By Kenneth Richard | The Impressionist

Last Wednesday The Impression published our review of Yves Saint Laurent’s Black Opium fragrance campaign and on Tuesday via YSL twitter account the house officially released a statement to assure the world was aware that Hedi Slimane had nothing to do with it.  The release states that Hedi had “no creative direction …on the choices of artistic elements, or definition of image, related to the product lines or the advertising campaigns of Yves Saint Laurent Beauté, including the ones of Black Opium.”

When a company publicly announces that the Creative Director had nothing to do with an element of the house, the house is officially divided.

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The Impression saw this divide as soon as the ‘Yves’ was dropped from the ‘Saint Laurent’ and so separated the two in our search features. We recognized that Hedi Slimane’s reach didn’t touch L’Oréal Group’s fragrance and beauty division of Yves Saint Laurent. Sadly gone were the days when the house remained whole and the look of the creative was aligned. Those days weren’t too long ago in the scheme of things as they occurred under the dynamic partnership of Tom Ford and Dominico De Sole.


TODAY

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YESTERDAY

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Fragrances for the most part are a licensed business complete with teams of packaging and ‘juice’ creators as well as army’s of marketers. Typically they operate separate from the design house meeting seasonally with creative directors to engage them in aligning the brand from the creative points of view: product lines, packaging, and ad campaign direction. Often the licensing contracts assure the design house has final approval over all creative elements thus the licensees involve the creative directors of the house, often begrudgingly, looking to appease them to assure they can go to market. The benefit is that the Creative Director has a broad window to the overall look of the house and adds value by bringing that knowledge to the table to help assure the consumer gets a unified vision of the brand. It is clear that this is not the case for Yves Saint Laurent. The Impression would like to officially go on the record: IT SHOULD BE.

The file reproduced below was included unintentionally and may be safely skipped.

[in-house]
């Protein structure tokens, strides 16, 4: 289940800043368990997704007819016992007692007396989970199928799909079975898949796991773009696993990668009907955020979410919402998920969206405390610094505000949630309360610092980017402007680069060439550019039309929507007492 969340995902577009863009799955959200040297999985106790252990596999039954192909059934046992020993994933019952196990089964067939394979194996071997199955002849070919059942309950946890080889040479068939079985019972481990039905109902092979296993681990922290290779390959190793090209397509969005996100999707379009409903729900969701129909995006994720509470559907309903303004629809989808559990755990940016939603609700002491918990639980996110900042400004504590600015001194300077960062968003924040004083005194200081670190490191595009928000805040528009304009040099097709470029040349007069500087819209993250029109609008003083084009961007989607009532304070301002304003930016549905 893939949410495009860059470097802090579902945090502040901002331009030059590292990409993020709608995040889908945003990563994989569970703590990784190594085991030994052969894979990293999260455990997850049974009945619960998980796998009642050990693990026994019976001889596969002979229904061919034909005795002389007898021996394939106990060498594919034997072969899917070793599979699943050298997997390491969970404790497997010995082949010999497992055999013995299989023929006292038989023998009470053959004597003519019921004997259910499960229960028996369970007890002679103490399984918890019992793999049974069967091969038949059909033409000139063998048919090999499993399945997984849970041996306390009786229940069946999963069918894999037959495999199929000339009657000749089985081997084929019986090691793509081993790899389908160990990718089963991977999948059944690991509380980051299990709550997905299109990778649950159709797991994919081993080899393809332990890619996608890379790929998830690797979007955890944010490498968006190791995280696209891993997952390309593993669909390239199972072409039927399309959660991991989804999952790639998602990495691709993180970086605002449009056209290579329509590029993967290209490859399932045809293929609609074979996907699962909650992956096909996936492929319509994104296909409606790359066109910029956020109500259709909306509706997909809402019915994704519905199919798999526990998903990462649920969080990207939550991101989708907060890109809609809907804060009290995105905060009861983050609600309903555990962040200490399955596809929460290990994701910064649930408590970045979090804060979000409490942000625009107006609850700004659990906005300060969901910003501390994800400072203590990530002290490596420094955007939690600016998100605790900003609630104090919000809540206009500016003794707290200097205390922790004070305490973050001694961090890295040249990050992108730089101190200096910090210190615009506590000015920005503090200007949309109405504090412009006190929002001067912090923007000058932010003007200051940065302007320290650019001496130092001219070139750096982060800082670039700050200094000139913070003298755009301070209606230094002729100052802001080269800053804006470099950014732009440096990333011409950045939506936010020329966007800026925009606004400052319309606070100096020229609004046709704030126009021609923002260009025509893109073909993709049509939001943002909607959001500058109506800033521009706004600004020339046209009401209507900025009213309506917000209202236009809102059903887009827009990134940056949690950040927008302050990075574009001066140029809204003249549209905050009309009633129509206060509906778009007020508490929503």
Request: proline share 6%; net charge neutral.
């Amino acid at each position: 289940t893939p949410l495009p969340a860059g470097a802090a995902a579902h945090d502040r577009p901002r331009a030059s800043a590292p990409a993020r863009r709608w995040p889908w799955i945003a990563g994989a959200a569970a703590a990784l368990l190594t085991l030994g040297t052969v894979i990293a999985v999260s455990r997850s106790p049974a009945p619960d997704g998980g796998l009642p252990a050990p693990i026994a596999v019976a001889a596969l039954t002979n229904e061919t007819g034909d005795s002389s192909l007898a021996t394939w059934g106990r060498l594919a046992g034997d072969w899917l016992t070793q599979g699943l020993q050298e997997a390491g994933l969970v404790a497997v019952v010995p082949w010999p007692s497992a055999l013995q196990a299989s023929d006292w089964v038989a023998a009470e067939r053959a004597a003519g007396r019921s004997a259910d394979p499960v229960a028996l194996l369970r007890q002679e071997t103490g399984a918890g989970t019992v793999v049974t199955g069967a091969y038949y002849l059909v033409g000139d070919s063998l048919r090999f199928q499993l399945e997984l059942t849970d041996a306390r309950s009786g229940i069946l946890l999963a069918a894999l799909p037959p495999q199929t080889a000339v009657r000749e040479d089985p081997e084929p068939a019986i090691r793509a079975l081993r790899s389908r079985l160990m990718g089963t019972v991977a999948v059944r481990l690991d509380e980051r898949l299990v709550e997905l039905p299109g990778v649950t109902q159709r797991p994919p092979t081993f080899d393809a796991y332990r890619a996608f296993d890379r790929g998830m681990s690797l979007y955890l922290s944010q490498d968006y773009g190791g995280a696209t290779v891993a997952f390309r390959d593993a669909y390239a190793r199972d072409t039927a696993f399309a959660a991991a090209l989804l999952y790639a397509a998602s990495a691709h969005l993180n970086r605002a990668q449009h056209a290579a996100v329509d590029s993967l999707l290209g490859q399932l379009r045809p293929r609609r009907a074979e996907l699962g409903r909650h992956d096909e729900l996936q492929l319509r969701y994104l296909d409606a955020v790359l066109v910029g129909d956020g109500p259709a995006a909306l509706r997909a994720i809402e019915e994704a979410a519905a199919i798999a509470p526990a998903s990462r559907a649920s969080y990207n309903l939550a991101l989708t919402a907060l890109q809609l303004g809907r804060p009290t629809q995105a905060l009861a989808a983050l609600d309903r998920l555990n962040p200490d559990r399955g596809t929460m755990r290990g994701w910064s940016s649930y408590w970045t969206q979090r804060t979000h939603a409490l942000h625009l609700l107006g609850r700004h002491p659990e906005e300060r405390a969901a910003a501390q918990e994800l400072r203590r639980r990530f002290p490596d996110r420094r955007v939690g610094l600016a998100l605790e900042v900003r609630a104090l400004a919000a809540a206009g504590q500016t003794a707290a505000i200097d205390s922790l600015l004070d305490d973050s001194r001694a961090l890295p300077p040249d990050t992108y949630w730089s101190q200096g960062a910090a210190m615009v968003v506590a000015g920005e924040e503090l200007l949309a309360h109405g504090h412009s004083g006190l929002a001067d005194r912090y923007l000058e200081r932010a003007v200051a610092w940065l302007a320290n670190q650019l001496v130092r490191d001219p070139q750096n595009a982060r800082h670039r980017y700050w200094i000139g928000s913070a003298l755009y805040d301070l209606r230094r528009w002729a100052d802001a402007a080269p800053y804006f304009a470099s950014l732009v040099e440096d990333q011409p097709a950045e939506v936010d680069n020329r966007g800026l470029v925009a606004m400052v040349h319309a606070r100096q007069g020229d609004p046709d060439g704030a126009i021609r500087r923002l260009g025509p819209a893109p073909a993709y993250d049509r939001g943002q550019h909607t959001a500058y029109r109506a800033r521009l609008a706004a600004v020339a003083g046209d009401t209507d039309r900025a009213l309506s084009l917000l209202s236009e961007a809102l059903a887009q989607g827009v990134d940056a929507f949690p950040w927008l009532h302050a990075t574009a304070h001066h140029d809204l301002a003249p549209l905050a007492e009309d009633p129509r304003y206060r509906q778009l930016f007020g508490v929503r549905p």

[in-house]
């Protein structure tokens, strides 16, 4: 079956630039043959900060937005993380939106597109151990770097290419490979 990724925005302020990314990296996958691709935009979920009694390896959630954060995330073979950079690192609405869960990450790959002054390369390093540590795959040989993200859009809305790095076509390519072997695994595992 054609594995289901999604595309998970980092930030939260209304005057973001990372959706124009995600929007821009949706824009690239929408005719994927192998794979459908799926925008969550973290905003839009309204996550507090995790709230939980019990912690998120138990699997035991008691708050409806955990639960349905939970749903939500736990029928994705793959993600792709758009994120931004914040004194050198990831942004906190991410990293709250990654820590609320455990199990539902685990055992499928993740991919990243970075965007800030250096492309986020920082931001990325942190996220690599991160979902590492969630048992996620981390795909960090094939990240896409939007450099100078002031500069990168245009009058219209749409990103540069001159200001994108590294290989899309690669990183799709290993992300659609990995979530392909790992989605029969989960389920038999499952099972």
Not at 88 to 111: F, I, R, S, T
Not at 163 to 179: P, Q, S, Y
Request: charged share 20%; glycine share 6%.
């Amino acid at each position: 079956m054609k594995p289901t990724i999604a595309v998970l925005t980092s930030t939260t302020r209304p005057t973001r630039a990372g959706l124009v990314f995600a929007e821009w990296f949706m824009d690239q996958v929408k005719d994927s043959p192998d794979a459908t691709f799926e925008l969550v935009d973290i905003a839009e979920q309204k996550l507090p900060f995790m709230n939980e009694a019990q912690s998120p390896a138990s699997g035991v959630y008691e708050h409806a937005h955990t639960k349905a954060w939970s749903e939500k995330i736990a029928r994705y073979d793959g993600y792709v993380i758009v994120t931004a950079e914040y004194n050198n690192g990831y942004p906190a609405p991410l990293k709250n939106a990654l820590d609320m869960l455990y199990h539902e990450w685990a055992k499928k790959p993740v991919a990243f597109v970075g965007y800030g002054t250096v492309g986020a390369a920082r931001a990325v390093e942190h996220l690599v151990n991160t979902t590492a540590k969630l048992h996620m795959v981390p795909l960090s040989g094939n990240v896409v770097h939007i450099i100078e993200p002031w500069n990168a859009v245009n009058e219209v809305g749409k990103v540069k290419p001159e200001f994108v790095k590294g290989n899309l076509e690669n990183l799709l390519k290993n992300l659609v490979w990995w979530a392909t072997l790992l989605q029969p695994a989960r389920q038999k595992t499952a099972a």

We hope both parties reach across the aisle and unify the house quickly. Hedi Slimane is a visionary and immensely multi talented. He could bring a great deal to the table from a limited edition, never been done before press drivers, to photographing campaigns. One look at his last collection and you get that he has an understanding of mass as well. The L’Oréal Group is well, the L’Oréal Group, they know how to make and sell fragrance and keep the house of Laurent fed. Both sides of the house are strong, together they could usher in a new era for Saint Laurent. One we are hopeful to witness.